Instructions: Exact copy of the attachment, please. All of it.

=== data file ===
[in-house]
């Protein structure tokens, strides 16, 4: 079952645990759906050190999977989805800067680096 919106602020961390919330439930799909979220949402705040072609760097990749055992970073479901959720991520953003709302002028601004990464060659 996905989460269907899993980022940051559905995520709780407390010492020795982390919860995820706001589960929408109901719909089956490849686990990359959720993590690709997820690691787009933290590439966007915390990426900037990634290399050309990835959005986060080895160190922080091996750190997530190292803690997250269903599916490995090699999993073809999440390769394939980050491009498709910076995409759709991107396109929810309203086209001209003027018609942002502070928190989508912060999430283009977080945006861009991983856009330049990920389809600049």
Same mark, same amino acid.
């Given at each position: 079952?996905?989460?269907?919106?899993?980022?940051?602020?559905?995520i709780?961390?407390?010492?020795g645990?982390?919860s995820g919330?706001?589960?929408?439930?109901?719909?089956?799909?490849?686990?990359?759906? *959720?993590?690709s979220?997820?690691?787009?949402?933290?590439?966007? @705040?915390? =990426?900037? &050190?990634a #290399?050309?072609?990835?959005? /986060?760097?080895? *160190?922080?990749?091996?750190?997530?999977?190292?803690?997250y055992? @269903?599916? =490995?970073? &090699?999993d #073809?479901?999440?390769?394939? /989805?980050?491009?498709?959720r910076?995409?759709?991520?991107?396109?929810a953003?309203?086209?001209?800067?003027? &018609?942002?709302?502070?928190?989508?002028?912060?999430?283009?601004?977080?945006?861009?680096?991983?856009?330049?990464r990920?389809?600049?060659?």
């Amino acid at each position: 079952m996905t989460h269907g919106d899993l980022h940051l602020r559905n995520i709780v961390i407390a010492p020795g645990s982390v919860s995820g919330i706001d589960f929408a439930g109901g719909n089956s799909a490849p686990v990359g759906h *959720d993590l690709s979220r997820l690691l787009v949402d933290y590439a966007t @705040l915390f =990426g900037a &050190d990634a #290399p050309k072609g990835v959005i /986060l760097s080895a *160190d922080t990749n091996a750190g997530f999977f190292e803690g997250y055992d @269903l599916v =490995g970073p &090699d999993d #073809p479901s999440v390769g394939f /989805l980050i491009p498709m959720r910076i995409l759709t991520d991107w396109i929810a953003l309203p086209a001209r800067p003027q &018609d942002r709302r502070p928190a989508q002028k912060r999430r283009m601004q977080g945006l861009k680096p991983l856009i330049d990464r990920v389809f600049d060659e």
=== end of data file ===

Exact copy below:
[in-house]
């Protein structure tokens, strides 16, 4: 079952645990759906050190999977989805800067680096 919106602020961390919330439930799909979220949402705040072609760097990749055992970073479901959720991520953003709302002028601004990464060659 996905989460269907899993980022940051559905995520709780407390010492020795982390919860995820706001589960929408109901719909089956490849686990990359959720993590690709997820690691787009933290590439966007915390990426900037990634290399050309990835959005986060080895160190922080091996750190997530190292803690997250269903599916490995090699999993073809999440390769394939980050491009498709910076995409759709991107396109929810309203086209001209003027018609942002502070928190989508912060999430283009977080945006861009991983856009330049990920389809600049």
Same mark, same amino acid.
């Given at each position: 079952?996905?989460?269907?919106?899993?980022?940051?602020?559905?995520i709780?961390?407390?010492?020795g645990?982390?919860s995820g919330?706001?589960?929408?439930?109901?719909?089956?799909?490849?686990?990359?759906? *959720?993590?690709s979220?997820?690691?787009?949402?933290?590439?966007? @705040?915390? =990426?900037? &050190?990634a #290399?050309?072609?990835?959005? /986060?760097?080895? *160190?922080?990749?091996?750190?997530?999977?190292?803690?997250y055992? @269903?599916? =490995?970073? &090699?999993d #073809?479901?999440?390769?394939? /989805?980050?491009?498709?959720r910076?995409?759709?991520?991107?396109?929810a953003?309203?086209?001209?800067?003027? &018609?942002?709302?502070?928190?989508?002028?912060?999430?283009?601004?977080?945006?861009?680096?991983?856009?330049?990464r990920?389809?600049?060659?």
């Amino acid at each position: 079952m996905t989460h269907g919106d899993l980022h940051l602020r559905n995520i709780v961390i407390a010492p020795g645990s982390v919860s995820g919330i706001d589960f929408a439930g109901g719909n089956s799909a490849p686990v990359g759906h *959720d993590l690709s979220r997820l690691l787009v949402d933290y590439a966007t @705040l915390f =990426g900037a &050190d990634a #290399p050309k072609g990835v959005i /986060l760097s080895a *160190d922080t990749n091996a750190g997530f999977f190292e803690g997250y055992d @269903l599916v =490995g970073p &090699d999993d #073809p479901s999440v390769g394939f /989805l980050i491009p498709m959720r910076i995409l759709t991520d991107w396109i929810a953003l309203p086209a001209r800067p003027q &018609d942002r709302r502070p928190a989508q002028k912060r999430r283009m601004q977080g945006l861009k680096p991983l856009i330049d990464r990920v389809f600049d060659e």